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March 1, 2024

The ubiquitous 'hon' makes a splash in kitschy epicenter - Hampden's Cafe Hon becomes one of the main attractions in Baltimore's ever colorful and sometimes sensational local culture

By Patrice Hutton | April 29, 2006

It's hard to miss in the Hampden neighborhood of Bawlmer, Murlin.

About as hard to miss as a beehive hairdo.

Caf8e Hon, marked by a pink flamingo that spans two stories above its entrance, stands both as an eatery and a shrine to Baltimore's "hon" culture. Step inside and prepare to be greeted by a predominately pink d8ecor, a life size Elvis and a waitress named Janet, who pronounces "hon" in perfect Bawlmerese.

"Everybody around here has always called everybody `hon'," Janet Trimble, a long time waitress at the caf8e, said.

She placed a plate of french fries on a costumer's table with a smile, just as she has for the past 14 years.

That's a long time to spend perfecting your beehive hairdo.

Serving as a waitress at Caf8e Hon since the restaurant's inception, she's had plenty of time to practice.

A native of Baltimore and former Hampden resident, Trimble shared the Caf8e Hon story between taking orders and delivering food to tables of costumers. Behind the mismatched placemats and antique table sets, a series of local schoolchildren's renditions of beehives line the walls.

Caf8e Hon opened in 1992 as a testament to the generation who sported the beehive hairdo when the look flourished in the Hampden area.

Way back when, Trimble said, Baltimore resident Denise Whiting was driving down 36th Street in Hampden and saw a vacant property for sale.

"She drove by a place across the street from this present location and decided to buy it," Trimble said.

Legend has it that somebody asked Whiting what the purpose of her new business was going to be.

"It's a caf8e, hon," she replied.

A decade and a half later, Trimble and three of the original cooks remain. Meatloaf, pork chops, and fish and chips remain the caf8e's specialties. The caf8e's clientele has expanded from Baltimore residents wanting a quick meal to a steady flow of customers who are visiting Baltimore and have read about the caf8e in a national travel or restaurant guide.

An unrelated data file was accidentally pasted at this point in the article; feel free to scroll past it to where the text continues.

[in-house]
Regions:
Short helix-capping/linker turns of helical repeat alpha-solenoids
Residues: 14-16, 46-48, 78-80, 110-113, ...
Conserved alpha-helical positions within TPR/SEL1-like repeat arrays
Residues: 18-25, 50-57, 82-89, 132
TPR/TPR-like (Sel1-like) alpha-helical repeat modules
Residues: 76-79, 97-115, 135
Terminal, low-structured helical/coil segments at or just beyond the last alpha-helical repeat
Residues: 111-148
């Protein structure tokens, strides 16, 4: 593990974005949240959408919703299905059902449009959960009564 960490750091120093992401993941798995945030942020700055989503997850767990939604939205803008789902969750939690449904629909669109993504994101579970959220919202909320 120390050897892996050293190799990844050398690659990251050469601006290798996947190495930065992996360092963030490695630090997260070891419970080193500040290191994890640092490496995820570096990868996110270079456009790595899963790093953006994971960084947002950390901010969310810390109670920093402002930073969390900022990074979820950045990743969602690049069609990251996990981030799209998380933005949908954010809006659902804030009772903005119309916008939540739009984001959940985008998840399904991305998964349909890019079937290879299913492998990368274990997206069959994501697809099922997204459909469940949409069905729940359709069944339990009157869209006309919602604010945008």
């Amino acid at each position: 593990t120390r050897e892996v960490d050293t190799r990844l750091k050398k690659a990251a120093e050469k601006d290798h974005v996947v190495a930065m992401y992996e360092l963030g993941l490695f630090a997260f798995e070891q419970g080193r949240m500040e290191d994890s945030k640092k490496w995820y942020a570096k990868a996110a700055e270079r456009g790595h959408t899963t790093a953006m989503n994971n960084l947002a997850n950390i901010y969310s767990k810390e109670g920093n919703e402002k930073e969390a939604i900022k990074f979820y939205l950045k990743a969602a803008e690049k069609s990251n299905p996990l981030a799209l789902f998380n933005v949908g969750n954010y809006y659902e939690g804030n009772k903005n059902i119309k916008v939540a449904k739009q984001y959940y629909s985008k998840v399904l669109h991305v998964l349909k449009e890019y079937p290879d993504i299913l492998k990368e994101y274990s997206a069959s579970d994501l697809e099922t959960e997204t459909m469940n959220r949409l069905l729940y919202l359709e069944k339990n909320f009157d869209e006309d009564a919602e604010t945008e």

The caf8e remains famous for its annual Hon Fest, held every summer to elect the year's best "Hon."

"The first Hon Fest was held a year after the caf8e opened. Three people entered and four people judged," Trimble said.

Today, Hon Fest attracts beehives abound and spans from Chestnut to Falls Road, attracting wannabe Hons who enter categories ranging from "Little Hon" to "Hon-ettes." This year's Hon Fest will occur on June 10.

Hon Fest entrants each have their own method of perfecting their beehive, Trimble said.

But Trimble, who still dons her beehive on Friday nights with the rest of the Hon crew, shared a bit about how she's kept her hair up over the years.

"First you tease your hair, then spray, then tease, then spray," Trimble said.

Preservation of the style has become an art within itself, she added.

"People wrapped their hair up in toilet paper at night so it wouldn't get messed up," Trimble said.

The updo would last a few days if you did it yourself, a week if you had it done at a salon and stuck around until the early 60s, when the hippies ran the style out of the neighborhood.

Its seen a renaissance, though, with a revival of Americana.

Next time you stray west of Hopkins and end up in Hampden, stop by Caf8e Hon. And for heaven's sakes, hon, if you're in Bawlmer in June, tease up your hair and see how you measure up among hons in Murlin.

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